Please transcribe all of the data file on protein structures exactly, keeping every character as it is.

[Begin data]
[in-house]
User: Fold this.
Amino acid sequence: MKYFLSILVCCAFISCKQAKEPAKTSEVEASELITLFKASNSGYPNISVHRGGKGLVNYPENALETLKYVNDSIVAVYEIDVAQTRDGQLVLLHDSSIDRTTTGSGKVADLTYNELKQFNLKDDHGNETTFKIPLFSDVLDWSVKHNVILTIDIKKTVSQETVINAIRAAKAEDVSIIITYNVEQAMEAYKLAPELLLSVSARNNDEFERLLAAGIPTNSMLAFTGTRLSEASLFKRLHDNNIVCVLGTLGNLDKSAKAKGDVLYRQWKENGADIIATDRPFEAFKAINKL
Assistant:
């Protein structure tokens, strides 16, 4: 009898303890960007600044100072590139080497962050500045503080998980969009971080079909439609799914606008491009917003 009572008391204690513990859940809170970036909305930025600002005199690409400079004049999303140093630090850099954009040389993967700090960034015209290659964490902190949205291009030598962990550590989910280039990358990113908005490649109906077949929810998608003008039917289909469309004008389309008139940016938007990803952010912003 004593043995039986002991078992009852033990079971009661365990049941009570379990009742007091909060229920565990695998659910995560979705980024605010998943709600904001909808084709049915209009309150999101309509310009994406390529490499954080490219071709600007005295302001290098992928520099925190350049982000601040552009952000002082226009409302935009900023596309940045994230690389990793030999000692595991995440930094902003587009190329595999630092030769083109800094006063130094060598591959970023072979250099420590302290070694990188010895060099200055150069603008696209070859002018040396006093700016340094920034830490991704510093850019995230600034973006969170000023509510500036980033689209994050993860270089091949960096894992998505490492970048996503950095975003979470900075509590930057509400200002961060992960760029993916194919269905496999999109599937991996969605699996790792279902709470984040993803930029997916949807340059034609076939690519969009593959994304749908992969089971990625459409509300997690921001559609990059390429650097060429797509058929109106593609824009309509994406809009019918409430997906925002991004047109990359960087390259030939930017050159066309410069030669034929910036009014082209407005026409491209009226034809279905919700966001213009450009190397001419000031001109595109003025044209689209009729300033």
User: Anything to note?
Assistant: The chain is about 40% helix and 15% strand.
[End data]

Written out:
[in-house]
User: Fold this.
Amino acid sequence: MKYFLSILVCCAFISCKQAKEPAKTSEVEASELITLFKASNSGYPNISVHRGGKGLVNYPENALETLKYVNDSIVAVYEIDVAQTRDGQLVLLHDSSIDRTTTGSGKVADLTYNELKQFNLKDDHGNETTFKIPLFSDVLDWSVKHNVILTIDIKKTVSQETVINAIRAAKAEDVSIIITYNVEQAMEAYKLAPELLLSVSARNNDEFERLLAAGIPTNSMLAFTGTRLSEASLFKRLHDNNIVCVLGTLGNLDKSAKAKGDVLYRQWKENGADIIATDRPFEAFKAINKL
Assistant:
């Protein structure tokens, strides 16, 4: 009898303890960007600044100072590139080497962050500045503080998980969009971080079909439609799914606008491009917003 009572008391204690513990859940809170970036909305930025600002005199690409400079004049999303140093630090850099954009040389993967700090960034015209290659964490902190949205291009030598962990550590989910280039990358990113908005490649109906077949929810998608003008039917289909469309004008389309008139940016938007990803952010912003 004593043995039986002991078992009852033990079971009661365990049941009570379990009742007091909060229920565990695998659910995560979705980024605010998943709600904001909808084709049915209009309150999101309509310009994406390529490499954080490219071709600007005295302001290098992928520099925190350049982000601040552009952000002082226009409302935009900023596309940045994230690389990793030999000692595991995440930094902003587009190329595999630092030769083109800094006063130094060598591959970023072979250099420590302290070694990188010895060099200055150069603008696209070859002018040396006093700016340094920034830490991704510093850019995230600034973006969170000023509510500036980033689209994050993860270089091949960096894992998505490492970048996503950095975003979470900075509590930057509400200002961060992960760029993916194919269905496999999109599937991996969605699996790792279902709470984040993803930029997916949807340059034609076939690519969009593959994304749908992969089971990625459409509300997690921001559609990059390429650097060429797509058929109106593609824009309509994406809009019918409430997906925002991004047109990359960087390259030939930017050159066309410069030669034929910036009014082209407005026409491209009226034809279905919700966001213009450009190397001419000031001109595109003025044209689209009729300033």
User: Anything to note?
Assistant: The chain is about 40% helix and 15% strand.